Friday, January 15, 2010

Snow, but nothing like the real thing

Here in Hereford, we’ve had snow since before Christmas but not a huge amount—about 6-8 inches, I suppose, 15-20 cms. We British aren’t very good at dealing with bad weather, especially snow and ice, nowadays. So I thought I’d go back and look at how the army in the Peninsular War coped.

This is an extract from Schaumann’s diary in which he’s part of the retreat to Corunna.

Schaumann is with the rearguard in Astorga and has been desperately trying to secure food for the soldiers and forage for the horses.

“Eleven o’clock had just struck, when suddenly one of the hussars in my billet, springing up as if electrified, cried, “Get up, get up! The trumpets are blowing!” and ran out into the kitchen, followed by us all. All you could hear in the streets was the ominous clatter of horses’ hoofs, and cries of command, and the sound of general flight. In a great hurry I wanted to bridle my horse which had remained saddled the whole night, but forgetting to tighten his girth, which I had loosened to let him feed more easily, I fell, saddle and all, on to the floor at his feet. Fortunately the beast stood stock still.”

Poor Schaumann. By the time he saddles up and flees, he’s alone and almost rides into the advancing French, saved only by meeting some of the 18th Hussars.

“Our rearguard remained in Astorga until four in the morning. It was pitch dark, and the road taken by the army ran to the right across the mountains. Together with various detachments of troops, I rode forward the whole night, and in the mountains we came upon glaciers or roads which were so deep in snow and ice that the horses could not stand and we were obliged to dismount.

“I passed by a number of glowing bivouac fires which, flaring up now and then, illuminated the wild, desolate, wintry scene, the expressive stillness of which was gruesomely broken by the retreating army. The sausage I had had for supper made me feel dreadfully thirsty; and my horse, too, badly wanted a drink. But there was no water; everything was frozen hard. Both of us therefore ate the snow. I slept while walking, for the road was too steep and slippery to ride, and it was too cold to sit in the saddle.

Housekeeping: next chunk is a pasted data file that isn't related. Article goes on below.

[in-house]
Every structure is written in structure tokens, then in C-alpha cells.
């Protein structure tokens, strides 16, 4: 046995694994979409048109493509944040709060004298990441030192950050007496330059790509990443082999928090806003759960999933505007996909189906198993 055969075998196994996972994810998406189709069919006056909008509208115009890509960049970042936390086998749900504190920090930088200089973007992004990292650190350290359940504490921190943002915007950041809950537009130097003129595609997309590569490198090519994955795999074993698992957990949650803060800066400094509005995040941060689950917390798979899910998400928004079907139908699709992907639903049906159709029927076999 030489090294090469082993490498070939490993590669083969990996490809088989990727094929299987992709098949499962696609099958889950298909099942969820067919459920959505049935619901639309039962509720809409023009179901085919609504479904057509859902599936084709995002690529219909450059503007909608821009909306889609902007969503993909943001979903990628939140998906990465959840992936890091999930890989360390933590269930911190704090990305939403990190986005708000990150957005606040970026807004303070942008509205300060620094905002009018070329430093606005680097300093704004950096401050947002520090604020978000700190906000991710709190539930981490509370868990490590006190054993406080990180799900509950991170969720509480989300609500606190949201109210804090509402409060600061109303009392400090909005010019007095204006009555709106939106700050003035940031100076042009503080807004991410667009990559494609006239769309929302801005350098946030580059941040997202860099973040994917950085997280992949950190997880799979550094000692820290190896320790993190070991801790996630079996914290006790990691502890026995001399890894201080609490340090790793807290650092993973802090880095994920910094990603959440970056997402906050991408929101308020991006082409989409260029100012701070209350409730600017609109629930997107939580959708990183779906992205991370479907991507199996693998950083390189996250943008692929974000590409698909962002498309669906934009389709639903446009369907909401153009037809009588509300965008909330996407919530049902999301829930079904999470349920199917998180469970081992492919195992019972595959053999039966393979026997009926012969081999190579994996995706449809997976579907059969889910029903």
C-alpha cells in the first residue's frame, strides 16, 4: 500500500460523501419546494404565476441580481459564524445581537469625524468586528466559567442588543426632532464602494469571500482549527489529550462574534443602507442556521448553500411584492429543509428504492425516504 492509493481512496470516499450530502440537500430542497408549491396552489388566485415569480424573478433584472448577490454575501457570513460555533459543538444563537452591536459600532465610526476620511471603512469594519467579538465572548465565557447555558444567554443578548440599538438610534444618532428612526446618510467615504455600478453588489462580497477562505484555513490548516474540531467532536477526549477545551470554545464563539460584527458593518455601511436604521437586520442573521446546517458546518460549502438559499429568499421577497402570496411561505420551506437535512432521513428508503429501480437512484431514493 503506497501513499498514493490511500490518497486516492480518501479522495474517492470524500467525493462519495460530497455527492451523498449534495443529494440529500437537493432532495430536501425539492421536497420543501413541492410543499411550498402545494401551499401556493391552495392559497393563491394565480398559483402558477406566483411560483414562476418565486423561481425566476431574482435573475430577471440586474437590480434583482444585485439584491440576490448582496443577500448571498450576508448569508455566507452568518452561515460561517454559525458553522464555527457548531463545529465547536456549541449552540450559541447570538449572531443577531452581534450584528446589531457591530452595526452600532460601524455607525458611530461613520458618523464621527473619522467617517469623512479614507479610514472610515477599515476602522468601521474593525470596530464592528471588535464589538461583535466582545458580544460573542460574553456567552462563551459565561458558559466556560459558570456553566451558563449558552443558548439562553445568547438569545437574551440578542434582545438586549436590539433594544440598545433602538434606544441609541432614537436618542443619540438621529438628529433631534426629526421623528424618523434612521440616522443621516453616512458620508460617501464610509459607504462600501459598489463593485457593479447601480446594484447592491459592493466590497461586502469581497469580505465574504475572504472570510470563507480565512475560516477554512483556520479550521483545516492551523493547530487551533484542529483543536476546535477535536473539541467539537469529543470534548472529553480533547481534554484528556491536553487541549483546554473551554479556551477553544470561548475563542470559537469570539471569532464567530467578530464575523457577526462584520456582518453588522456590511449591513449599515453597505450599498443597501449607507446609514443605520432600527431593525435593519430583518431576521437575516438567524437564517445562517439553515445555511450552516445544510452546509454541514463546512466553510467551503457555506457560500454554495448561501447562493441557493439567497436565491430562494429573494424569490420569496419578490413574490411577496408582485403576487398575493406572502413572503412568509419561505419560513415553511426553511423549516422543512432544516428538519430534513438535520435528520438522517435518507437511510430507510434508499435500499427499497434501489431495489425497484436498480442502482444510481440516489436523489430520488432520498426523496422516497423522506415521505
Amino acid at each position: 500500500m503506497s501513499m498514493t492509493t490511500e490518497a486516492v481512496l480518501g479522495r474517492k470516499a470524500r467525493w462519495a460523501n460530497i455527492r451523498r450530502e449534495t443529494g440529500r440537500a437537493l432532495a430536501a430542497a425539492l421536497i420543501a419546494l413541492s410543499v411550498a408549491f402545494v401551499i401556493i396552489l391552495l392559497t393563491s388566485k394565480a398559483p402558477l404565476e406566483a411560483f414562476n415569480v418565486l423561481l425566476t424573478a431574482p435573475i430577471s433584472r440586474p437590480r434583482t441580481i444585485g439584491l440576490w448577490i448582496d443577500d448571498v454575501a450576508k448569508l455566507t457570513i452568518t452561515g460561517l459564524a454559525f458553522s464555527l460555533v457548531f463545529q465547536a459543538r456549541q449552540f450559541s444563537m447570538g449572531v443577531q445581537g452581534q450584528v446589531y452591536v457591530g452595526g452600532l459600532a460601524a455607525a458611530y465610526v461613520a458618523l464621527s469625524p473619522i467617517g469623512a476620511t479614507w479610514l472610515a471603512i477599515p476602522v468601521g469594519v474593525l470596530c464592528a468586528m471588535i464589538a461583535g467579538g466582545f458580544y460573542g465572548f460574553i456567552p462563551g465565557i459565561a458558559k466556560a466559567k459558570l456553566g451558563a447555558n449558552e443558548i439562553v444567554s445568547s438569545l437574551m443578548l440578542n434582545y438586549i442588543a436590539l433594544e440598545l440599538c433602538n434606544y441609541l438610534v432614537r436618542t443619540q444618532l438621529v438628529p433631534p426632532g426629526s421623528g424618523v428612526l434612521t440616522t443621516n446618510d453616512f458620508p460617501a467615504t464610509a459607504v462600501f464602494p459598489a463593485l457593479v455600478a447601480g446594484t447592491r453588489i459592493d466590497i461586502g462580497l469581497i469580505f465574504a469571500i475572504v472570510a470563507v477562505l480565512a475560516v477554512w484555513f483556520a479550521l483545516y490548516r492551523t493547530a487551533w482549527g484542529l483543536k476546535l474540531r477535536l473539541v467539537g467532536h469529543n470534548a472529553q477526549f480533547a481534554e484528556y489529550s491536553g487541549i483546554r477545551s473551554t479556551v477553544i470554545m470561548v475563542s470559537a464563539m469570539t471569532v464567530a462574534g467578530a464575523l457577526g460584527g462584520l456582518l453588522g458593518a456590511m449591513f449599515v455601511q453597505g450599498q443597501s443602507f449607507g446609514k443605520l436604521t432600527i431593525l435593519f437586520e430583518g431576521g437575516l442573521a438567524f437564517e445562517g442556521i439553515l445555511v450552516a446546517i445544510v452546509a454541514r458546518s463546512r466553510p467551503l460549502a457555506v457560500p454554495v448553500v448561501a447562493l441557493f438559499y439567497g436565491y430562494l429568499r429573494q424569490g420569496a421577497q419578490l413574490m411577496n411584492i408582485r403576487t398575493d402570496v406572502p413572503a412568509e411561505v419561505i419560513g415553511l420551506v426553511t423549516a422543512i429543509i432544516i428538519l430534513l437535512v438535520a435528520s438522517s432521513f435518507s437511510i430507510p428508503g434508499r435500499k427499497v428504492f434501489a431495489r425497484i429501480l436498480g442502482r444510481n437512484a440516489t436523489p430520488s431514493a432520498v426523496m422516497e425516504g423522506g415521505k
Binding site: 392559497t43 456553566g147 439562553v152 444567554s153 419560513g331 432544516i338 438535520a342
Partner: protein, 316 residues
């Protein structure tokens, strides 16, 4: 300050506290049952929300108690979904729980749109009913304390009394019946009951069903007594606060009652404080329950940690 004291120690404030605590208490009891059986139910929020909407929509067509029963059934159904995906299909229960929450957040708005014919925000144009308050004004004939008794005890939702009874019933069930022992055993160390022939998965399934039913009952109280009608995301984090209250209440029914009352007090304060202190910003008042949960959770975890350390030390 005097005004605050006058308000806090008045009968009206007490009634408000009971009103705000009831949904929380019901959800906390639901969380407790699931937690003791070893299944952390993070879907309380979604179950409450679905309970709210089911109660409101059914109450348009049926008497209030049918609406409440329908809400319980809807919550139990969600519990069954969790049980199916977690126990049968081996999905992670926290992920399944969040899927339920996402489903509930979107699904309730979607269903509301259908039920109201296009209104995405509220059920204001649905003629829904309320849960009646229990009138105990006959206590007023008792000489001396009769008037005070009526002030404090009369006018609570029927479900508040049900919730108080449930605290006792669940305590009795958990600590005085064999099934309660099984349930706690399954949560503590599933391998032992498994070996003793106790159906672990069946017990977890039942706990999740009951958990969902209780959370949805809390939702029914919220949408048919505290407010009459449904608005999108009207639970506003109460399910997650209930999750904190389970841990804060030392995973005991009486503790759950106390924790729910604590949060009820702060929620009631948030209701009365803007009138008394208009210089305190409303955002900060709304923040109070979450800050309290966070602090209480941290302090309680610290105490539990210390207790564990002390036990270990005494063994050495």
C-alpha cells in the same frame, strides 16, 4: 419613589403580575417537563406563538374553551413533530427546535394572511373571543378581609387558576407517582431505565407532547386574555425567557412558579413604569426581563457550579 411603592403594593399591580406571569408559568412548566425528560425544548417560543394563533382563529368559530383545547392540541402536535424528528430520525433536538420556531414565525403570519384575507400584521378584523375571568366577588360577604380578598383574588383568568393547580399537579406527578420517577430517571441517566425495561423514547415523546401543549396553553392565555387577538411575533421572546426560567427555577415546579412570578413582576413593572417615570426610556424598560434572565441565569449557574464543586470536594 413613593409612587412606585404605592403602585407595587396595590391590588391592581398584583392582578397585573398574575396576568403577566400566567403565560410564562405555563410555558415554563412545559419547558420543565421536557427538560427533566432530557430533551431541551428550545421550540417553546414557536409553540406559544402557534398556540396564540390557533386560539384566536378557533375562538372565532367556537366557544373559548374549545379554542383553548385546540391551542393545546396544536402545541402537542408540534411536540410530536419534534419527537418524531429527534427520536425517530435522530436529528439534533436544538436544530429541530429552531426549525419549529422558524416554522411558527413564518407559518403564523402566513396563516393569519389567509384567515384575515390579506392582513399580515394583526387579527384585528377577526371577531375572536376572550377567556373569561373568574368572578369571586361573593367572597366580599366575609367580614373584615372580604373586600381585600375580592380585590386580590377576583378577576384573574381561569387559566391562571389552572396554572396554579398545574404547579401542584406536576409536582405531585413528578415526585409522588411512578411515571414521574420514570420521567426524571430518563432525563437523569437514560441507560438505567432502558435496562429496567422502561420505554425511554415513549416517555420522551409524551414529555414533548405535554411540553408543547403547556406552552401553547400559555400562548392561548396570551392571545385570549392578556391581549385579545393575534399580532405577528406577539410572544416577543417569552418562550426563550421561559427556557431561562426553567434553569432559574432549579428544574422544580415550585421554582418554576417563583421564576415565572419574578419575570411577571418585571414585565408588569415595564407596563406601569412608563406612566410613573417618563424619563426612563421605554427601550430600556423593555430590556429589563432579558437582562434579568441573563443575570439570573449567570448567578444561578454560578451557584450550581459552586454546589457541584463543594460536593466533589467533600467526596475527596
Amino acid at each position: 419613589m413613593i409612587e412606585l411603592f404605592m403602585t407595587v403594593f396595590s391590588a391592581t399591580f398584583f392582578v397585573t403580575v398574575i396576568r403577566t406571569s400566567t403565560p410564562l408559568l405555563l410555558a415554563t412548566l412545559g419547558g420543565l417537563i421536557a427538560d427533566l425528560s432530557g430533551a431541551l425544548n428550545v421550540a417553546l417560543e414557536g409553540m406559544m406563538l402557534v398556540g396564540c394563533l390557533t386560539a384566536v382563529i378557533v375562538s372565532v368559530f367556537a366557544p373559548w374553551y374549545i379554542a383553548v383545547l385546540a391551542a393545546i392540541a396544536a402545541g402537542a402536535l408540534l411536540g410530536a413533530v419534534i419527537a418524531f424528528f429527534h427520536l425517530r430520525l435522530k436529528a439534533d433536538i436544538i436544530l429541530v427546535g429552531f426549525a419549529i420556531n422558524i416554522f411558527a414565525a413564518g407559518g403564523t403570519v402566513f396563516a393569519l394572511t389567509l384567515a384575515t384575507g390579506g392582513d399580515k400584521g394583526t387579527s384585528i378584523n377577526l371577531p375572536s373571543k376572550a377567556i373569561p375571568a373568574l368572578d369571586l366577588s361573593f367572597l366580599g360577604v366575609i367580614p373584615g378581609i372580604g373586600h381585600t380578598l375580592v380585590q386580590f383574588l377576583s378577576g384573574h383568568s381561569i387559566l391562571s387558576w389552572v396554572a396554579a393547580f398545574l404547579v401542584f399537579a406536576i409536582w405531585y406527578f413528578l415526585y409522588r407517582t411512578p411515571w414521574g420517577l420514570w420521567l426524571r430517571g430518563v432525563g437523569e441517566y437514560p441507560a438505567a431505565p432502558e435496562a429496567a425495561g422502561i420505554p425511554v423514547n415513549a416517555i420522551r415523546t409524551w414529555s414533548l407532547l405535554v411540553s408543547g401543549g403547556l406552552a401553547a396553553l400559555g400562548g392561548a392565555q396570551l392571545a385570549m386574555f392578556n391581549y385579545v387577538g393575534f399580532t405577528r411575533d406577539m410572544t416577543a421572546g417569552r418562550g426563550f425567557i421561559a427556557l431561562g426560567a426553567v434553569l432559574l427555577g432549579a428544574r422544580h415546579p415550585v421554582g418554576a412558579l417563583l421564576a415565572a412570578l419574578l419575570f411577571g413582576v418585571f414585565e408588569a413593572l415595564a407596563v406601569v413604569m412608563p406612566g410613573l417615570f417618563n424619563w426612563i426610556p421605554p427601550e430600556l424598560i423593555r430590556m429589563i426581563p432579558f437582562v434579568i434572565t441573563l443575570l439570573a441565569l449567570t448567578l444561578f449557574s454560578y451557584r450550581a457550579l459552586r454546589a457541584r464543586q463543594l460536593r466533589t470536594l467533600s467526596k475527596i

“At last the day broke and we found ourselves in the mountains that join Galicia and Asturias to Leon. The road was incredibly bad, and we sank knee-deep in mud and snow. Not far from Manzanal, three to five leguas from Astorga, we reached at dawn the serpentine road which from this point follows along the mountains. It is a noble piece of work, broad, frequently cut through the rock, and marked by milestones after the manner of a great highway, and leads from here to Corunna, a distance of 160 miles without a break.”

And by comparison with the hardships they suffered, a few inches of snow on UK roads is a mere nothing, I’d say.



Jan Jones said...

Wonderful stuff, Joanna, but "springing up as if electrified"? I'm astonished.

Anonymous said...

Interesting, isn't it, Jan? However, to be fair, that's an English translation of the German original which wasn't translated until the 1920s, so it may reflect modern ways of speaking. As I don't have access to the German orginal, I can't say.

However, the earliest uses of "electify" in the OED date from mid 18th so maybe it is OK after all.

Whichever it is, I do find Schaumann a really interesting source. He's remarkably unsophisticated and doesn't mind making a fool of himself in print, as in the example of falling off his horse. Quite endearing, really.


Jane Holland said...

This is marvellous, Joanna. Really impressive and detailed. And yes, the saddle anecdote is very human and unexpectedly comic, given the circumstances.

How does one go about getting access to the rest of his diary entries? I take it they were published in English early last century, from your comment - but are perhaps not still in print?

Cheers, Jane

Louise Allen said...

It is a great extract - thanks for quoting it. Schaumann is definitely on the "must read" list. Presumably he was aware of the "medical" uses of electricity - like the Celestial Bed at Schomberg House in Pall Mall where electricity was used to er... spice-up failing marriages. And even though Frankinstein wasn't pubished until 1818 the knowledge of the stimulating effects must have been common knowledge for some time before that.

Elizabeth Hawksley said...

Interesting early use of the word 'electrified'.

Schaumann's a great find.

Melinda Hammond said...

Thank you, Joanna, those poor soldiers went through hell. It reminded me that in January last year I followed the retreat, arriving in Corunna in time for the 200th anniversary celebrations. The winding mountain road is just as Schaumann describes it - and it was snowing, too, and for a while we thought we might hae to abandon our coach and walk!